aHUS Diagnosis Process tremendous response

Article No 412

21 January 2021

The  19th January 2021  has passed and the aHUS Diagnosis Process Study Questionnaire has  now stopped accepting new responses.

A big thank you to everyone who has participated. It has been tremendous response from the Global aHUS community.

Data has been supplied for 257  aHUS Patients. It is very rare for an aHUS research project to be about such a large number of aHUS patients from all parts of the world. Responses were received from  all continents.

The data will now be analysed , it is going to take a while to do.

It is intended that the results will be  written as a research article to be published. That  will take work and even more time to do.

Whilst there are so many insights and lessons to be learned from the data , it is going to very interesting to see whether there has been any  improvement in the diagnosis process timeline in the past decade.

Below is an extract from  some previous qualitative research  on the topic of diagnosis undertaken by an aHUS patient organisation nine years ago “The life experience of aHUS patients , their families and caregivers in England and Wales”

The extract relates to the participants’ views of their aHUS diagnosis. How different might they be now?

2.1 Patient/ carer experiences of obtaining a diagnosis

The initial symptoms of aHUS in both children and adults are mild and similar to other minor ailments. They include headaches, sickness, diarrhoea, oedema and tiredness, symptoms also common to kidney failure. Babies become pale and distressed and stop feeding: urinary problems are sometimes indicated by ‘pink nappies’. The condition is therefore not immediately recognised by GPs and other more benign explanations are given, despite in some cases there being evidence of kidney disease in the family. Patients often report repeat visits to the doctors while symptoms persist, until the point at which their kidney failure becomes life threatening requiring hospitalisation. This happens within a very short timeframe (a few hours, days or weeks).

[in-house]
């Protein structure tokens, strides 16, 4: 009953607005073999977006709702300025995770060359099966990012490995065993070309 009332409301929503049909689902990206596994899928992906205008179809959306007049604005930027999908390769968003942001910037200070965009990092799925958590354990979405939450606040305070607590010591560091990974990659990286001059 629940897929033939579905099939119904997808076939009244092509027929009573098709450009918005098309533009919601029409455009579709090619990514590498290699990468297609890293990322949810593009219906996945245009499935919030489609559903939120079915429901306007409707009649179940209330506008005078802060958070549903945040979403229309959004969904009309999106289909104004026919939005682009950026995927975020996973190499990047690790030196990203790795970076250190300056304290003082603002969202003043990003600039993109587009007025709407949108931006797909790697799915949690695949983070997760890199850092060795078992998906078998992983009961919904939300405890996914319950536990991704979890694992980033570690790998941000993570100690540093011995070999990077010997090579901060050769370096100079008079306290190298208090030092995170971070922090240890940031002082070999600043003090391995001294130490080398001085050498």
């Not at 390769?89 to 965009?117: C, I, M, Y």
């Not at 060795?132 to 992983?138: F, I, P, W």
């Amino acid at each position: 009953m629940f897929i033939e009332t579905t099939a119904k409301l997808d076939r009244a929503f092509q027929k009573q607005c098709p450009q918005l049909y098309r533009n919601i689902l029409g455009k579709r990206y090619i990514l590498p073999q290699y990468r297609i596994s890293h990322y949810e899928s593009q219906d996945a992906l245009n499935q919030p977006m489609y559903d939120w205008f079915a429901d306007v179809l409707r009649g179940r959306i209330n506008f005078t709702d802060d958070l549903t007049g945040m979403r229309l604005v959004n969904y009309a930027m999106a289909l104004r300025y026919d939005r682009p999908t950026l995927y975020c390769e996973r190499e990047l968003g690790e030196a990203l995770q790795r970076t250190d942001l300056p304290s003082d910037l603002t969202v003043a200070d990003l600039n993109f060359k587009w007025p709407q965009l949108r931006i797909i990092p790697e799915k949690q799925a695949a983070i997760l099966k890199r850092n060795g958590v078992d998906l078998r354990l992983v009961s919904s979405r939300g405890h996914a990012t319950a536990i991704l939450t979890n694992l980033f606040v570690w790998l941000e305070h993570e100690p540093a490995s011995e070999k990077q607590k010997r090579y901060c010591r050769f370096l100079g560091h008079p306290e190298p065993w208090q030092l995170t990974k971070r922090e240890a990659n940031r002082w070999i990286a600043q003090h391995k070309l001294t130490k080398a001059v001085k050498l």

I went to the doctors about five times over Christmas and New Year and they didn’t know what was wrong with me. They thought maybe glandular fever, then they said I might have got a dose of gastric flu…and eventually I got sent for some blood tests and then one morning I was really, really poorly…we phoned the doctor and he checked my blood results and at that point he was round in about 10 minutes and he told me that I’d got a problem with my kidneys and I needed to go to hospital.” (Patient)

Initially she was diagnosed with baby anaemia…until six weeks later when I noticed her nappies were very little and she was really bloated and I said ‘This is not possible, she’s not eating, how come she’s putting on weight?’…I thought there must be something wrong with her kidneys… she was shiny and it looked like fluid on her legs, her legs were really big…I took her to the hospital and they took a blood sample. Then we went home and they called at nine at night to say it’s HUS and she must be admitted urgently.” (Parent)

“It was a case of not knowing really even though it was in my family.” (Patient)

One of the major concerns is that aHUS is not diagnosed quickly enough because it’s so rare. Failure to do so mean those patients can all too quickly end up with life-threatening kidney failure:

I had done everything in my power – taking my son to the doctors repeatedly, taking along a sample of urine that looked like coca-cola. And the doctor didn’t pick up on it at all. I’d much rather they sent hundreds of kids for a blood test to catch one or two – because that time is so precious. In 48 hours my son was in kidney failure. But if we had picked it up straight away…” (Parent)